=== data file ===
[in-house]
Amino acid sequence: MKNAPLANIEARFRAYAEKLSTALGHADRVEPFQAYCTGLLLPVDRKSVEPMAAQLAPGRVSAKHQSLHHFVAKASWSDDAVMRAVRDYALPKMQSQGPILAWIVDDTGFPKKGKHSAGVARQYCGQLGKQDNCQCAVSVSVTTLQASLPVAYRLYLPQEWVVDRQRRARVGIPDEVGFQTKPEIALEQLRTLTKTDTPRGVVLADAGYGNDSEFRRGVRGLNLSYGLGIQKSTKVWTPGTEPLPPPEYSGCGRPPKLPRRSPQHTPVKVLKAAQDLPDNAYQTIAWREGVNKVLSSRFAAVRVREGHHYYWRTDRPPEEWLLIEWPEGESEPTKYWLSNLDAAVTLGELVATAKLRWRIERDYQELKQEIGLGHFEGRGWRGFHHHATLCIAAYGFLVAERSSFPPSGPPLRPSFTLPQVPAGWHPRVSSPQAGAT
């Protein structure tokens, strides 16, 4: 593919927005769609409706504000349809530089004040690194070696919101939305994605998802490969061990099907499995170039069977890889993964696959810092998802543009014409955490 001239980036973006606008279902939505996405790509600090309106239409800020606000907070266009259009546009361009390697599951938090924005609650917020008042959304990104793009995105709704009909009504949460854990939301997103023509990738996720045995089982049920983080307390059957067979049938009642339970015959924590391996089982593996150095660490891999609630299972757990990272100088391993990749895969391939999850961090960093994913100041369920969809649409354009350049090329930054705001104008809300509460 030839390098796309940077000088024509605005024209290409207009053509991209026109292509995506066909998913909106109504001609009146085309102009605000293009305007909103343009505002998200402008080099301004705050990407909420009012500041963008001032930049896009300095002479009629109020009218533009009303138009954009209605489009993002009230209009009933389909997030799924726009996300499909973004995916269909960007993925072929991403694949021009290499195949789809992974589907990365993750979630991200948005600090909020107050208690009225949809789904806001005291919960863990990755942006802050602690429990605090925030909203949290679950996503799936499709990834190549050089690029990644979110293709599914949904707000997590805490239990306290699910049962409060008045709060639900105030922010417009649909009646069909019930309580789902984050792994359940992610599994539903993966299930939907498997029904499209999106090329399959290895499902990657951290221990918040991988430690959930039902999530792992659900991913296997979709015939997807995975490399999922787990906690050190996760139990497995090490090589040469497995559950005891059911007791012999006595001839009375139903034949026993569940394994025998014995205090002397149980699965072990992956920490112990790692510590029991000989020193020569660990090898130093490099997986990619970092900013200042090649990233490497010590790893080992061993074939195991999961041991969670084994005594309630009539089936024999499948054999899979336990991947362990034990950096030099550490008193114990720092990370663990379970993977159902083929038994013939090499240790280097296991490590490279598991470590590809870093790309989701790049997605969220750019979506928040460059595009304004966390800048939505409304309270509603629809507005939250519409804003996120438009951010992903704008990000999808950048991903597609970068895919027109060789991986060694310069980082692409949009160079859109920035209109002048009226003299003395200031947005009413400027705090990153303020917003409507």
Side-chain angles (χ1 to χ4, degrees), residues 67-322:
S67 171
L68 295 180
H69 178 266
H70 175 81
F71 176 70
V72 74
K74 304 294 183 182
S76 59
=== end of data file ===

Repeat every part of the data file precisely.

[in-house]
Amino acid sequence: MKNAPLANIEARFRAYAEKLSTALGHADRVEPFQAYCTGLLLPVDRKSVEPMAAQLAPGRVSAKHQSLHHFVAKASWSDDAVMRAVRDYALPKMQSQGPILAWIVDDTGFPKKGKHSAGVARQYCGQLGKQDNCQCAVSVSVTTLQASLPVAYRLYLPQEWVVDRQRRARVGIPDEVGFQTKPEIALEQLRTLTKTDTPRGVVLADAGYGNDSEFRRGVRGLNLSYGLGIQKSTKVWTPGTEPLPPPEYSGCGRPPKLPRRSPQHTPVKVLKAAQDLPDNAYQTIAWREGVNKVLSSRFAAVRVREGHHYYWRTDRPPEEWLLIEWPEGESEPTKYWLSNLDAAVTLGELVATAKLRWRIERDYQELKQEIGLGHFEGRGWRGFHHHATLCIAAYGFLVAERSSFPPSGPPLRPSFTLPQVPAGWHPRVSSPQAGAT
């Protein structure tokens, strides 16, 4: 593919927005769609409706504000349809530089004040690194070696919101939305994605998802490969061990099907499995170039069977890889993964696959810092998802543009014409955490 001239980036973006606008279902939505996405790509600090309106239409800020606000907070266009259009546009361009390697599951938090924005609650917020008042959304990104793009995105709704009909009504949460854990939301997103023509990738996720045995089982049920983080307390059957067979049938009642339970015959924590391996089982593996150095660490891999609630299972757990990272100088391993990749895969391939999850961090960093994913100041369920969809649409354009350049090329930054705001104008809300509460 030839390098796309940077000088024509605005024209290409207009053509991209026109292509995506066909998913909106109504001609009146085309102009605000293009305007909103343009505002998200402008080099301004705050990407909420009012500041963008001032930049896009300095002479009629109020009218533009009303138009954009209605489009993002009230209009009933389909997030799924726009996300499909973004995916269909960007993925072929991403694949021009290499195949789809992974589907990365993750979630991200948005600090909020107050208690009225949809789904806001005291919960863990990755942006802050602690429990605090925030909203949290679950996503799936499709990834190549050089690029990644979110293709599914949904707000997590805490239990306290699910049962409060008045709060639900105030922010417009649909009646069909019930309580789902984050792994359940992610599994539903993966299930939907498997029904499209999106090329399959290895499902990657951290221990918040991988430690959930039902999530792992659900991913296997979709015939997807995975490399999922787990906690050190996760139990497995090490090589040469497995559950005891059911007791012999006595001839009375139903034949026993569940394994025998014995205090002397149980699965072990992956920490112990790692510590029991000989020193020569660990090898130093490099997986990619970092900013200042090649990233490497010590790893080992061993074939195991999961041991969670084994005594309630009539089936024999499948054999899979336990991947362990034990950096030099550490008193114990720092990370663990379970993977159902083929038994013939090499240790280097296991490590490279598991470590590809870093790309989701790049997605969220750019979506928040460059595009304004966390800048939505409304309270509603629809507005939250519409804003996120438009951010992903704008990000999808950048991903597609970068895919027109060789991986060694310069980082692409949009160079859109920035209109002048009226003299003395200031947005009413400027705090990153303020917003409507």
Side-chain angles (χ1 to χ4, degrees), residues 67-322:
S67 171
L68 295 180
H69 178 266
H70 175 81
F71 176 70
V72 74
K74 304 294 183 182
S76 59